KFC launches its new fries in the most unexpected way
increase in mentions
KFC UK & Ireland (@KFC_UKI) took the idea that “there’s no such thing as bad publicity” to a whole new level in the lead-up to the launch of its new fries.
Seeing an opportunity to cause a stir and create a buzz around the launch, @KFC_UKI used negative customer feedback to generate a real-time conversation around its fries among people it already knew were fans of its chicken.
@KFC_UKI worked with Twitter and API partner Adaptly (@adaptly), as well as creative agency Mother (@motherlondon) and media agency Blue 449, to launch a playful awareness-raising campaign by promoting customer Tweets that criticised the quality of its existing fries.
When audiences realised the Tweets had been promoted by @KFC_UKI themselves, it sparked a torrent of responses. Some people were stumped, others were amazed, but most had an inkling that a change was on the horizon.
@KFC_UKI used keyword targeting to maximise the impact of Promoted Tweets. To increase reach, it took the same campaign offline by using the negative Tweets in print and display creative.
To close the circle, @KFC_UKI launched a final Promoted Tweet to announce that its new, tastier fries were coming soon, featuring imagery from the offline campaign.
Be creative to generate a buzz.
@KFC_UKI took an entirely unexpected approach by promoting negative feedback about its own product. Not only did this create a buzz around the upcoming launch, it showed audiences that it really listened to customer feedback.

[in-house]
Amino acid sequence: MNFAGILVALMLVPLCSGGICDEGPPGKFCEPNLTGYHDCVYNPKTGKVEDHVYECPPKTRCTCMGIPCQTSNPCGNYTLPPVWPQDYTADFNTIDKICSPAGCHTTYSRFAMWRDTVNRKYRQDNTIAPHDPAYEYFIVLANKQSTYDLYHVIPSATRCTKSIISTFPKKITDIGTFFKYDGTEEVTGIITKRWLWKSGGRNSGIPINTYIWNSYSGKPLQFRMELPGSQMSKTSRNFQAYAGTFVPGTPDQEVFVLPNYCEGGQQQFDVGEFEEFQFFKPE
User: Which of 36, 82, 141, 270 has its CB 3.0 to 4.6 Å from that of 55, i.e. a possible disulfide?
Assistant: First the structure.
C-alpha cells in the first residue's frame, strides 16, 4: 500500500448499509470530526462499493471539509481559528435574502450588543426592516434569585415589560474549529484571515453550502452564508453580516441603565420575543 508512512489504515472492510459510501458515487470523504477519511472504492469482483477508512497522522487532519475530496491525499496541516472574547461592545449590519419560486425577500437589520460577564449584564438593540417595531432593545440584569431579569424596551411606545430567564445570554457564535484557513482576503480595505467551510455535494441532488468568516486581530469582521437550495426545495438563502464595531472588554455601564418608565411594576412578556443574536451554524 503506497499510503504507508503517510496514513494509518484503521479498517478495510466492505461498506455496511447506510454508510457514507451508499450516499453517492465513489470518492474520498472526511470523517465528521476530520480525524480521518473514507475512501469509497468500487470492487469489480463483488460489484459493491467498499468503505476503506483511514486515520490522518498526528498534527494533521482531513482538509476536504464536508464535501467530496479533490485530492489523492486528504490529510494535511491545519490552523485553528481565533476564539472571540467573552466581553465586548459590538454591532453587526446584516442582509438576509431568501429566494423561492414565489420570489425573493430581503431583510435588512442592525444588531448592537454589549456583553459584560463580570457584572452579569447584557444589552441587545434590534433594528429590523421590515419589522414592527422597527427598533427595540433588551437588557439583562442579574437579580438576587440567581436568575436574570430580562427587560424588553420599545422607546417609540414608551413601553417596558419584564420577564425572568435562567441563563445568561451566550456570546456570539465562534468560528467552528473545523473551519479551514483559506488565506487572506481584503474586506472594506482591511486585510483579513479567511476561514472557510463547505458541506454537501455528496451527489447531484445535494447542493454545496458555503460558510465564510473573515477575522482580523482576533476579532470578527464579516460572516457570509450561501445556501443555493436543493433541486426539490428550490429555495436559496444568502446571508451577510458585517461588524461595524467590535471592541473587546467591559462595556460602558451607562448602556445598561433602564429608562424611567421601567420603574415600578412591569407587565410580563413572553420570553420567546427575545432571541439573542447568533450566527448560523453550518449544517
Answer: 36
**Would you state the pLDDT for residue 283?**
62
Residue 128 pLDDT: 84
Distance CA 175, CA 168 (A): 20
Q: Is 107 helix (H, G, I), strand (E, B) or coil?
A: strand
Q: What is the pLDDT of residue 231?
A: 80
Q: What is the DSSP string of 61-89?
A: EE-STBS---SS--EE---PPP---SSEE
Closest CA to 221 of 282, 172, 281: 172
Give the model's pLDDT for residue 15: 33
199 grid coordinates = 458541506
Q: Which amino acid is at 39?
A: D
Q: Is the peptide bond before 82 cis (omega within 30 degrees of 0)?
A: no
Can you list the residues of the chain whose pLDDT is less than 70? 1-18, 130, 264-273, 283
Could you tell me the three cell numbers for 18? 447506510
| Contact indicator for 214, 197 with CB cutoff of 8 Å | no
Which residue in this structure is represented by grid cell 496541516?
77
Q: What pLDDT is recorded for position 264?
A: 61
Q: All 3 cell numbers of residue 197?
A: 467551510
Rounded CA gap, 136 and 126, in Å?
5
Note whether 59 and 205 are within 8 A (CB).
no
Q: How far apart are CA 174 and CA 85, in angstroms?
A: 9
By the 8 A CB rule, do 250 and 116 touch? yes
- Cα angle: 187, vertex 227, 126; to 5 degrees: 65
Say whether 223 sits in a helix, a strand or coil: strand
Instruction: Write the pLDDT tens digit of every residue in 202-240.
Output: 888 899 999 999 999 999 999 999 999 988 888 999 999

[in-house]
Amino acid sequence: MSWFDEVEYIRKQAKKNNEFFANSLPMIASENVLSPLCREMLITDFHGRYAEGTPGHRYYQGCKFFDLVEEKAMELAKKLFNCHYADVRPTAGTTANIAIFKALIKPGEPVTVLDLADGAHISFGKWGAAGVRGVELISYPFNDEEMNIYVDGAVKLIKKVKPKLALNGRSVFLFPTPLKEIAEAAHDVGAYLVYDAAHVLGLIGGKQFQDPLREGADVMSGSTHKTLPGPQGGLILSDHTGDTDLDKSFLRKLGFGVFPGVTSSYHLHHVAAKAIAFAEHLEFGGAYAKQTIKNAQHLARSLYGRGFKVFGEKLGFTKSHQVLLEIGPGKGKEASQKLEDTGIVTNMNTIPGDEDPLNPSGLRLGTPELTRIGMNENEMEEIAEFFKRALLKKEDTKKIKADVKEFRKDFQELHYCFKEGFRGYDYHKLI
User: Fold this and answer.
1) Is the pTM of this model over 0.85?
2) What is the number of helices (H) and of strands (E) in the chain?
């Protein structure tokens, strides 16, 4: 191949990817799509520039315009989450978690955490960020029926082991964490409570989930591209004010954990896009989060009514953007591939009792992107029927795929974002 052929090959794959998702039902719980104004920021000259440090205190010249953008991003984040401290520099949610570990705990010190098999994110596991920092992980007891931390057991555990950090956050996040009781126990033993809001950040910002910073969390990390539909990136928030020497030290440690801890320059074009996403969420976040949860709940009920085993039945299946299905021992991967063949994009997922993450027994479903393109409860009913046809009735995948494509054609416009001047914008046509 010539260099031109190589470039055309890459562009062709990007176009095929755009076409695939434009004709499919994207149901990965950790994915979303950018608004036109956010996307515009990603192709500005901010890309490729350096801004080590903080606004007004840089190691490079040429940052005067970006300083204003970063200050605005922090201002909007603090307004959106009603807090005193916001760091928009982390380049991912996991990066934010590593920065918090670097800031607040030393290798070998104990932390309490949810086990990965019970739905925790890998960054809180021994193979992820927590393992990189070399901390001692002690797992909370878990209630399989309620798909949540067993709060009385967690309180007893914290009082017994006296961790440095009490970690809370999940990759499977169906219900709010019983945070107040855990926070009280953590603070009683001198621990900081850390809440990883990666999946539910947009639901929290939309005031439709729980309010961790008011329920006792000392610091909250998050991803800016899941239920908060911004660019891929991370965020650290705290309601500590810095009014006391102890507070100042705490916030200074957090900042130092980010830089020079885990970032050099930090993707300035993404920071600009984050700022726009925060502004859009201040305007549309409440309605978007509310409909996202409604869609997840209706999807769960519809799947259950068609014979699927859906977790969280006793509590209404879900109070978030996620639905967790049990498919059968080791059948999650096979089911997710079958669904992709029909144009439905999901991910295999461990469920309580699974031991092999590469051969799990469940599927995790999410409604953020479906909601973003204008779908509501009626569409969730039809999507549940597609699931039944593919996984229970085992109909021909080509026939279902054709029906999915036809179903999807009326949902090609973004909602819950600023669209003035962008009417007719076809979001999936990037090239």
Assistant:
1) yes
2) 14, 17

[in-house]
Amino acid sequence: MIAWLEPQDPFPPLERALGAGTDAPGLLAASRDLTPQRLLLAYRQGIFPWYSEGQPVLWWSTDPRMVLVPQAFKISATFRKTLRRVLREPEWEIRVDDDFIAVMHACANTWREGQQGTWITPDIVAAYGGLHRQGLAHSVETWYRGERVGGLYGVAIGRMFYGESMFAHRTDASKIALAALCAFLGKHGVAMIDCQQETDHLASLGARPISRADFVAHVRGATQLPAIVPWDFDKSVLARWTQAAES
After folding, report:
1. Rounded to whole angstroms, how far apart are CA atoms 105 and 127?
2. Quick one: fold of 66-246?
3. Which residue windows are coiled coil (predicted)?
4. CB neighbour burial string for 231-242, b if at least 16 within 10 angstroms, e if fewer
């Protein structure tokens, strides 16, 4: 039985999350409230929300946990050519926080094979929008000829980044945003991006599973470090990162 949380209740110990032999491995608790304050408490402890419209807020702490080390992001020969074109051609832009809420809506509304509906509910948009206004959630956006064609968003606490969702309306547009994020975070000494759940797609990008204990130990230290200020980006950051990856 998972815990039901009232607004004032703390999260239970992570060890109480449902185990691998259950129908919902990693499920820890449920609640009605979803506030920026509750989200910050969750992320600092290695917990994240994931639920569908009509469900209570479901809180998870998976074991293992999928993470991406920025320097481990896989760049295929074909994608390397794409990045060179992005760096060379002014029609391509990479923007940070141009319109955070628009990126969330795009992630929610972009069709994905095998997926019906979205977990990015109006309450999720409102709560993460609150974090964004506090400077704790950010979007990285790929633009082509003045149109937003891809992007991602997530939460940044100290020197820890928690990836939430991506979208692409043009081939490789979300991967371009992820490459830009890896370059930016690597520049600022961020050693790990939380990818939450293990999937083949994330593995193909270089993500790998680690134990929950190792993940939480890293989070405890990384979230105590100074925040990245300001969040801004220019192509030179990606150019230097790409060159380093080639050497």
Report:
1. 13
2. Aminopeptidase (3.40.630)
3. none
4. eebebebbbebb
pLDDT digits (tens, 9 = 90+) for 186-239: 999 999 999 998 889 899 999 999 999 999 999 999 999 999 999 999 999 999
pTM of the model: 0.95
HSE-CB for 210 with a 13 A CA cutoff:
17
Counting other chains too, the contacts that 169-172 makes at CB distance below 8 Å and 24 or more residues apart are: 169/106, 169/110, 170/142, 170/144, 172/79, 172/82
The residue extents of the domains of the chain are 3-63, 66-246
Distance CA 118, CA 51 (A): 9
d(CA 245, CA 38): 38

Use Promoted Tweets to strengthen the conversation.
By whitelisting follower accounts, @KFC_UKI could use organic content within Promoted Tweets, which led to stronger engagement with Twitter audiences and boosted the conversation.
Take the conversation offline.
@KFC_UKI decided to expand the conversation by featuring the online campaign in offline tools. In this way, it could increase the reach of the campaign and drive new audiences towards online content.
The campaign generated a massive 500,000 engagements online, and there was a seven-times increase in mentions of @KFC_UKI fries than the previous year. The offline print and display creative really caught the public’s attention, leading to the campaign being featured in mainstream UK news and sparking industry praise.
Josh Benge, Social Media Manager, @KFC said: “We don’t take changes like this lightly, so we knew we had to do something big to launch our new fries. Twitter gave us a unique opportunity to gain the instant impact we were looking for. Promoting negative customer feedback was certainly a risky approach, but it paid off.’
Rachael Swain, account coordinator EMEA at Adaptly, added: 'Twitter is definitely the platform to stir up discussions and was a natural choice for a campaign of this kind. The real-time element makes audiences feel like they are part of the conversation and by promoting negative feedback, we found a way to really cut through the noise for KFC. A bold move, but evidently very effective.'
We sparked a massive conversation and generated meaningful engagements by causing quite a bit of confusion. We then put minds at rest by retargeting those people with the real message and showed that we listen to what our customers tell us. Taking the conversation offline meant we could carry this excitement across to the wider public and increase the impact of the campaign.
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